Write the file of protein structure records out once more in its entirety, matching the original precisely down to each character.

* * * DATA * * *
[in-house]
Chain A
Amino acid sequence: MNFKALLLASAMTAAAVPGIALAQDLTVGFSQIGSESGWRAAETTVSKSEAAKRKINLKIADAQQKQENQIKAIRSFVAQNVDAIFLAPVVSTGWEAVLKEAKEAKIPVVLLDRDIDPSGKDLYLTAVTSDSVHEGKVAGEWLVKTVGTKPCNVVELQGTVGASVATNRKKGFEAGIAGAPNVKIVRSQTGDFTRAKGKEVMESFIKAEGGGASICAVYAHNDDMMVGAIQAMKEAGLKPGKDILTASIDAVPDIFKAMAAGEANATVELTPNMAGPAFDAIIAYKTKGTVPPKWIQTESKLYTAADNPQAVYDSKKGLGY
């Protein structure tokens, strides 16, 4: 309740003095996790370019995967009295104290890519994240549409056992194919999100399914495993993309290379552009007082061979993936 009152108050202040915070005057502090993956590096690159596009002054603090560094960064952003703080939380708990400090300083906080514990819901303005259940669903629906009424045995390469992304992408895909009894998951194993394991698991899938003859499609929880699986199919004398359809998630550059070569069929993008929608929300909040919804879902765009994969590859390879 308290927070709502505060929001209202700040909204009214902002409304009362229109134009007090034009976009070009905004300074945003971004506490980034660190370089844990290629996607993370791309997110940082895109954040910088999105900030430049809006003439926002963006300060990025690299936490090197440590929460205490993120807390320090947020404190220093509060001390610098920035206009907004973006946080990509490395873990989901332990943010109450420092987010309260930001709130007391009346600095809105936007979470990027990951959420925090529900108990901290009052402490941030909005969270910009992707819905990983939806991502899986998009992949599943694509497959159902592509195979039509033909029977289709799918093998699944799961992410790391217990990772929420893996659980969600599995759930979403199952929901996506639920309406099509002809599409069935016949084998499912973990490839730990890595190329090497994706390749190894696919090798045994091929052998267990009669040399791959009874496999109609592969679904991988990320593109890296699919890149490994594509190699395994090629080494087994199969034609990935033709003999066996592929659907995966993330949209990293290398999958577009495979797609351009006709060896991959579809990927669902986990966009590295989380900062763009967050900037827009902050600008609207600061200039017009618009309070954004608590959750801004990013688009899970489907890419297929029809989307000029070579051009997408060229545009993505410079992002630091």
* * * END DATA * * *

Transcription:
[in-house]
Chain A
Amino acid sequence: MNFKALLLASAMTAAAVPGIALAQDLTVGFSQIGSESGWRAAETTVSKSEAAKRKINLKIADAQQKQENQIKAIRSFVAQNVDAIFLAPVVSTGWEAVLKEAKEAKIPVVLLDRDIDPSGKDLYLTAVTSDSVHEGKVAGEWLVKTVGTKPCNVVELQGTVGASVATNRKKGFEAGIAGAPNVKIVRSQTGDFTRAKGKEVMESFIKAEGGGASICAVYAHNDDMMVGAIQAMKEAGLKPGKDILTASIDAVPDIFKAMAAGEANATVELTPNMAGPAFDAIIAYKTKGTVPPKWIQTESKLYTAADNPQAVYDSKKGLGY
């Protein structure tokens, strides 16, 4: 309740003095996790370019995967009295104290890519994240549409056992194919999100399914495993993309290379552009007082061979993936 009152108050202040915070005057502090993956590096690159596009002054603090560094960064952003703080939380708990400090300083906080514990819901303005259940669903629906009424045995390469992304992408895909009894998951194993394991698991899938003859499609929880699986199919004398359809998630550059070569069929993008929608929300909040919804879902765009994969590859390879 308290927070709502505060929001209202700040909204009214902002409304009362229109134009007090034009976009070009905004300074945003971004506490980034660190370089844990290629996607993370791309997110940082895109954040910088999105900030430049809006003439926002963006300060990025690299936490090197440590929460205490993120807390320090947020404190220093509060001390610098920035206009907004973006946080990509490395873990989901332990943010109450420092987010309260930001709130007391009346600095809105936007979470990027990951959420925090529900108990901290009052402490941030909005969270910009992707819905990983939806991502899986998009992949599943694509497959159902592509195979039509033909029977289709799918093998699944799961992410790391217990990772929420893996659980969600599995759930979403199952929901996506639920309406099509002809599409069935016949084998499912973990490839730990890595190329090497994706390749190894696919090798045994091929052998267990009669040399791959009874496999109609592969679904991988990320593109890296699919890149490994594509190699395994090629080494087994199969034609990935033709003999066996592929659907995966993330949209990293290398999958577009495979797609351009006709060896991959579809990927669902986990966009590295989380900062763009967050900037827009902050600008609207600061200039017009618009309070954004608590959750801004990013688009899970489907890419297929029809989307000029070579051009997408060229545009993505410079992002630091």